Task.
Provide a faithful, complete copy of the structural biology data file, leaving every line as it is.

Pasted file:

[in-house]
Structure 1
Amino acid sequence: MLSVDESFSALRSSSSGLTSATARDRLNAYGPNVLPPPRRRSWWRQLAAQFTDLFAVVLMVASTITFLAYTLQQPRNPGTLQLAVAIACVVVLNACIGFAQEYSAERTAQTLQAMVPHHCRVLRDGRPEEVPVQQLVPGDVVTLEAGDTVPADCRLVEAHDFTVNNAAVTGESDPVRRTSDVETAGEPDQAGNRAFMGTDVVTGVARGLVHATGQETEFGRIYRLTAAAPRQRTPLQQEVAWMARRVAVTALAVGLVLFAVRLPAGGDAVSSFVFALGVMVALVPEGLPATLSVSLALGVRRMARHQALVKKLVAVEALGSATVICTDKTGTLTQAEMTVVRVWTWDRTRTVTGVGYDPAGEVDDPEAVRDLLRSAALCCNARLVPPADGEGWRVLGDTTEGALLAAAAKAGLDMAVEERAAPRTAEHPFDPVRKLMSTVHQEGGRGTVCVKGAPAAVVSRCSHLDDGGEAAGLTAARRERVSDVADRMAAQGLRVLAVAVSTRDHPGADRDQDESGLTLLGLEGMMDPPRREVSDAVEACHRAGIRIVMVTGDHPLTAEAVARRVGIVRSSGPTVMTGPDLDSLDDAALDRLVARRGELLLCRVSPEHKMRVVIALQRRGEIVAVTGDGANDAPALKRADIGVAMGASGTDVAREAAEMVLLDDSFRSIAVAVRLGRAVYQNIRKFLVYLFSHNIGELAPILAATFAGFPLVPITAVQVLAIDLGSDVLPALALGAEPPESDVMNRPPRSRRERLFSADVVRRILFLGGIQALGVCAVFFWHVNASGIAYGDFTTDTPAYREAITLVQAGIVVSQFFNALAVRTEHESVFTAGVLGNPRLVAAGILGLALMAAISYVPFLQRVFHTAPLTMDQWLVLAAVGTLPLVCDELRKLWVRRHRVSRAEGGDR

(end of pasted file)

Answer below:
[in-house]
Structure 1
Amino acid sequence: MLSVDESFSALRSSSSGLTSATARDRLNAYGPNVLPPPRRRSWWRQLAAQFTDLFAVVLMVASTITFLAYTLQQPRNPGTLQLAVAIACVVVLNACIGFAQEYSAERTAQTLQAMVPHHCRVLRDGRPEEVPVQQLVPGDVVTLEAGDTVPADCRLVEAHDFTVNNAAVTGESDPVRRTSDVETAGEPDQAGNRAFMGTDVVTGVARGLVHATGQETEFGRIYRLTAAAPRQRTPLQQEVAWMARRVAVTALAVGLVLFAVRLPAGGDAVSSFVFALGVMVALVPEGLPATLSVSLALGVRRMARHQALVKKLVAVEALGSATVICTDKTGTLTQAEMTVVRVWTWDRTRTVTGVGYDPAGEVDDPEAVRDLLRSAALCCNARLVPPADGEGWRVLGDTTEGALLAAAAKAGLDMAVEERAAPRTAEHPFDPVRKLMSTVHQEGGRGTVCVKGAPAAVVSRCSHLDDGGEAAGLTAARRERVSDVADRMAAQGLRVLAVAVSTRDHPGADRDQDESGLTLLGLEGMMDPPRREVSDAVEACHRAGIRIVMVTGDHPLTAEAVARRVGIVRSSGPTVMTGPDLDSLDDAALDRLVARRGELLLCRVSPEHKMRVVIALQRRGEIVAVTGDGANDAPALKRADIGVAMGASGTDVAREAAEMVLLDDSFRSIAVAVRLGRAVYQNIRKFLVYLFSHNIGELAPILAATFAGFPLVPITAVQVLAIDLGSDVLPALALGAEPPESDVMNRPPRSRRERLFSADVVRRILFLGGIQALGVCAVFFWHVNASGIAYGDFTTDTPAYREAITLVQAGIVVSQFFNALAVRTEHESVFTAGVLGNPRLVAAGILGLALMAAISYVPFLQRVFHTAPLTMDQWLVLAAVGTLPLVCDELRKLWVRRHRVSRAEGGDR